Westhampton Beach Doctor Celebrates 40 Years In Medicine


A passion for helping others, an interest in science and a knack for carpentry led Westhampton Beach resident Harvey Manes to exchange his woodworking tools for a different set—ones you would find at the hands of a surgeon.Dr. Manes, 65, who is celebrating his 40th anniversary in medicine this year, explained on Tuesday that the two aren’t all that different.

“It’s really carpentry,” he said on Tuesday, of orthopedic surgery. “I just fell into it.”

Originally from Brooklyn, Dr. Manes graduated from high school a year early and received his undergraduate degree from Binghamton University, then called Harpur College, at 19 years old. While he was attending SUNY Downstate Medical Center, the United States was engulfed in the Vietnam War. He was fortunate enough to be assigned a high number, 361, in the draft lottery, paving the way for him to become the youngest orthopedic surgeon ever to be board-certified in the nation.

“They used to call me the boy surgeon,” he recalled.

He began his career in orthopedic surgery as the field was evolving. Rather than fusing joints, leaving patients immobilized, medical researchers had developed ankle and elbow prostheses. Dr. Manes was the first surgeon in the tri-state area to perform a total ankle and elbow replacement.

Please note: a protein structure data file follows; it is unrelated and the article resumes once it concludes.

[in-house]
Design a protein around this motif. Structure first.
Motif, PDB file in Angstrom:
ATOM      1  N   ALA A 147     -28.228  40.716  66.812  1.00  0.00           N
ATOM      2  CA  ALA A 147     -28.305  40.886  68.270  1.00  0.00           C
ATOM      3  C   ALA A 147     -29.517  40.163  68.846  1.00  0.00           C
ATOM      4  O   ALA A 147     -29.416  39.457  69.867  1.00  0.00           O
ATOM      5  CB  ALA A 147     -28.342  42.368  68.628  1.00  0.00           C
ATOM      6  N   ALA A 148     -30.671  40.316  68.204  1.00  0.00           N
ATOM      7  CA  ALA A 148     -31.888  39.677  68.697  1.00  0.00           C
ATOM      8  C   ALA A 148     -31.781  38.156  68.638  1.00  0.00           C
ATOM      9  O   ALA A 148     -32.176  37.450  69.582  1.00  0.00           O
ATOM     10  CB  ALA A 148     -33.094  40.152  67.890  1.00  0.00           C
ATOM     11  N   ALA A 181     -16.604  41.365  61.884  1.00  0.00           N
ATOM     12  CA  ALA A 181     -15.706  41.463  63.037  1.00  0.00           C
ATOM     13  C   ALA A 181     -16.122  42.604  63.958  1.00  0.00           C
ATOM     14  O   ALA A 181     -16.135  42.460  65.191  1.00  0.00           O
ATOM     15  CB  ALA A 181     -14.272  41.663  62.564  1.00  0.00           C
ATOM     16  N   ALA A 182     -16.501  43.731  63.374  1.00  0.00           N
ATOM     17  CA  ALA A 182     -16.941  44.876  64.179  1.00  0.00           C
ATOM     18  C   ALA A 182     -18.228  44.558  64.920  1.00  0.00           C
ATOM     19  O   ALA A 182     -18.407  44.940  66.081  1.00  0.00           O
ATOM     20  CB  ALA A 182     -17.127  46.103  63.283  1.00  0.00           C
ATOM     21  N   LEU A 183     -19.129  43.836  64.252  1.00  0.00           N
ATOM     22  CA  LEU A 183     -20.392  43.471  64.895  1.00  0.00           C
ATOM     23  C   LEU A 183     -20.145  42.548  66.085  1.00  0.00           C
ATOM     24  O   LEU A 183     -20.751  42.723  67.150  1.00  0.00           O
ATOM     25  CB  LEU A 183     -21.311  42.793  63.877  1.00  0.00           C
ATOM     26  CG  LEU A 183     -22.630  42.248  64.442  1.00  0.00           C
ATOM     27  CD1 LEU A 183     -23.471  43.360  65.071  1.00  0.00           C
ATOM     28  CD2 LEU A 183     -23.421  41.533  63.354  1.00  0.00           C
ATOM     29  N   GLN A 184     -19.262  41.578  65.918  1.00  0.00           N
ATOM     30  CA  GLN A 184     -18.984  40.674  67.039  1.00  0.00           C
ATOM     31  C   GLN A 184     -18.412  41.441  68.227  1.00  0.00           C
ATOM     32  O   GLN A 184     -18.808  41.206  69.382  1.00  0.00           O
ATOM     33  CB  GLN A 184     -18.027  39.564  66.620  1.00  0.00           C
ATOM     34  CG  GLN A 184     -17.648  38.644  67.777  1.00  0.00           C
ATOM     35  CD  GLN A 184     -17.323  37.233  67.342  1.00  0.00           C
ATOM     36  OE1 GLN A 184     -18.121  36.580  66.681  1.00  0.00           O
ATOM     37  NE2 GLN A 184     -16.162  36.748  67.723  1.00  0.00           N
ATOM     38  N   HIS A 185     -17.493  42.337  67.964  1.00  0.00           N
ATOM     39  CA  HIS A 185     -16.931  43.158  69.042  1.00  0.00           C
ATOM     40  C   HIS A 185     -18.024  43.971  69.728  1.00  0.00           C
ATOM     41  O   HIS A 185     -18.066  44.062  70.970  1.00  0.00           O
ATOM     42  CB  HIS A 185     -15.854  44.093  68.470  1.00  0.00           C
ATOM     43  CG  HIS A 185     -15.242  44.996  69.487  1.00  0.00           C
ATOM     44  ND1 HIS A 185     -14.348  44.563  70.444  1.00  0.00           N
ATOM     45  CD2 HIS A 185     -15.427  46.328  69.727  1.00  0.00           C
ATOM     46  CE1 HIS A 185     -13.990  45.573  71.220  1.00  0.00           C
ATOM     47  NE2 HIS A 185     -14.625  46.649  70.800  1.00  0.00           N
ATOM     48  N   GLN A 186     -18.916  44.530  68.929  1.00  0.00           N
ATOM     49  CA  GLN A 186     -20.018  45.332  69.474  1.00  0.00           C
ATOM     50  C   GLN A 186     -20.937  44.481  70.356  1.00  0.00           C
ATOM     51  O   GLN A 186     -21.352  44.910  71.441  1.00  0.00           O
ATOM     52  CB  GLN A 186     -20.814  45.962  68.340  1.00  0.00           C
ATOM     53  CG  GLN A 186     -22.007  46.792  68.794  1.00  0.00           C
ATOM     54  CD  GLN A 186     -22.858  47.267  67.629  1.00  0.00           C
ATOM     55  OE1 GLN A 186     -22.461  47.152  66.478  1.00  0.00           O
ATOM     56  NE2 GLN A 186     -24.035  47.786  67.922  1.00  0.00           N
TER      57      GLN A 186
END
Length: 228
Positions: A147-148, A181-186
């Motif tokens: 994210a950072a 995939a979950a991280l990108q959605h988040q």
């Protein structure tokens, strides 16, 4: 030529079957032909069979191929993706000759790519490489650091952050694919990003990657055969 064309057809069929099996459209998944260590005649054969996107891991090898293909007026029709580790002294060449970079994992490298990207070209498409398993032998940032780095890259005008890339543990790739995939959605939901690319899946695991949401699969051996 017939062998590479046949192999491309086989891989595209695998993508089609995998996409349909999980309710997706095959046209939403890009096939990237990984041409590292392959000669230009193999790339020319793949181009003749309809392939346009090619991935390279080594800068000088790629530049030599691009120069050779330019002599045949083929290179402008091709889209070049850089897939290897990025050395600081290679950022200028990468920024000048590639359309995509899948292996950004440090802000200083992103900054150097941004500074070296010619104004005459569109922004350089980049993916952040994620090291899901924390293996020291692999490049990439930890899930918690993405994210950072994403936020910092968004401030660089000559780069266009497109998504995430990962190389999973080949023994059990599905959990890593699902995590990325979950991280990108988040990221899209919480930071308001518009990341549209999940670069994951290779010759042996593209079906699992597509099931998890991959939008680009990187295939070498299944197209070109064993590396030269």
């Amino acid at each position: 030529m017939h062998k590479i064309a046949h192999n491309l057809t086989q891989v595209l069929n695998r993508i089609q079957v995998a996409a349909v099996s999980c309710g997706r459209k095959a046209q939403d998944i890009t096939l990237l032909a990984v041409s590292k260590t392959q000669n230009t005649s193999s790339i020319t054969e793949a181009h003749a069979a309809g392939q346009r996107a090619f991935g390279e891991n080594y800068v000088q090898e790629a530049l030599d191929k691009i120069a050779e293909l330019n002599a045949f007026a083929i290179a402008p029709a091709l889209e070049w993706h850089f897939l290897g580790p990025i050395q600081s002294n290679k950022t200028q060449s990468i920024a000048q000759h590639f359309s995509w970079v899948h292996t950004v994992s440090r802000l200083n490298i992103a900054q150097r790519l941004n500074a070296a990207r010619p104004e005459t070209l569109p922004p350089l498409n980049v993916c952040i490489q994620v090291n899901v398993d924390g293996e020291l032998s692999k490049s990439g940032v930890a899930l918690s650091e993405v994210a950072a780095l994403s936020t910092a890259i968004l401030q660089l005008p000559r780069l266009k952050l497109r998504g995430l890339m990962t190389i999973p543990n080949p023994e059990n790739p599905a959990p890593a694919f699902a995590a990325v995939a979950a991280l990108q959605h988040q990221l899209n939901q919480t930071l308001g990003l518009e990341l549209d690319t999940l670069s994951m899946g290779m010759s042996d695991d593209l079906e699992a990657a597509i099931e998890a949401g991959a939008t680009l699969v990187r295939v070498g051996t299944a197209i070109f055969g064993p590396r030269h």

He has maintained an office in Lindenhurst since 1978, and still performs surgeries part-time. He also served as an instructor of orthopedic surgery for more than 20 years at Downstate Medical Center and taught resident physicians at Nassau County University Hospital.

Thinking back on his career, Dr. Manes said he was proud to have performed surgeries that dramatically changed individuals’ lives. He recalled helping babies who were born with foot deformities, correcting their problems so they could walk and live normal lives.

“I think helping people gives important meaning to your life,” he said.

The surgeon, who has four children, explained that he was pleased to see arthroscopic surgery, a minimally invasive procedure that involves small incisions, become more prevalent in medicine. He also explained that early on in his career in Brooklyn, he treated many patients with chronic diseases or infections. Those ailments have become less frequent, while joint replacements and arthritis have become more common.

In his spare time, Dr. Manes saw a need for a pain relief cream without the negative side effects and strong odor of others on the market. A few years ago, using multiple herbal remedies, he established Dr. Harvey’s Orthopedic Total Pain Relieving Cream, which is now for sale at www.drharveyscream.com, as well as on Amazon.

In another effort to help others, he founded the Manes-American Peace Prize, a philanthropic endeavor that provides millions in funding to various organizations, including the New York Botanical Garden, the Jewish Museum of New York and Crime Stoppers of Suffolk County.

An avid art collector and sculptor, as well as a self-described hippie, Dr. Manes explained that he attended the original Woodstock Music and Art Fair in 1969, and has donated to the Woodstock Museum and the Woodstock Film Festival, organizations that he said are devoted to peace. “What’s really important is promoting peace in the world,” he said.

When asked when he expects to retire, the doctor replied with a simple, “Never.”

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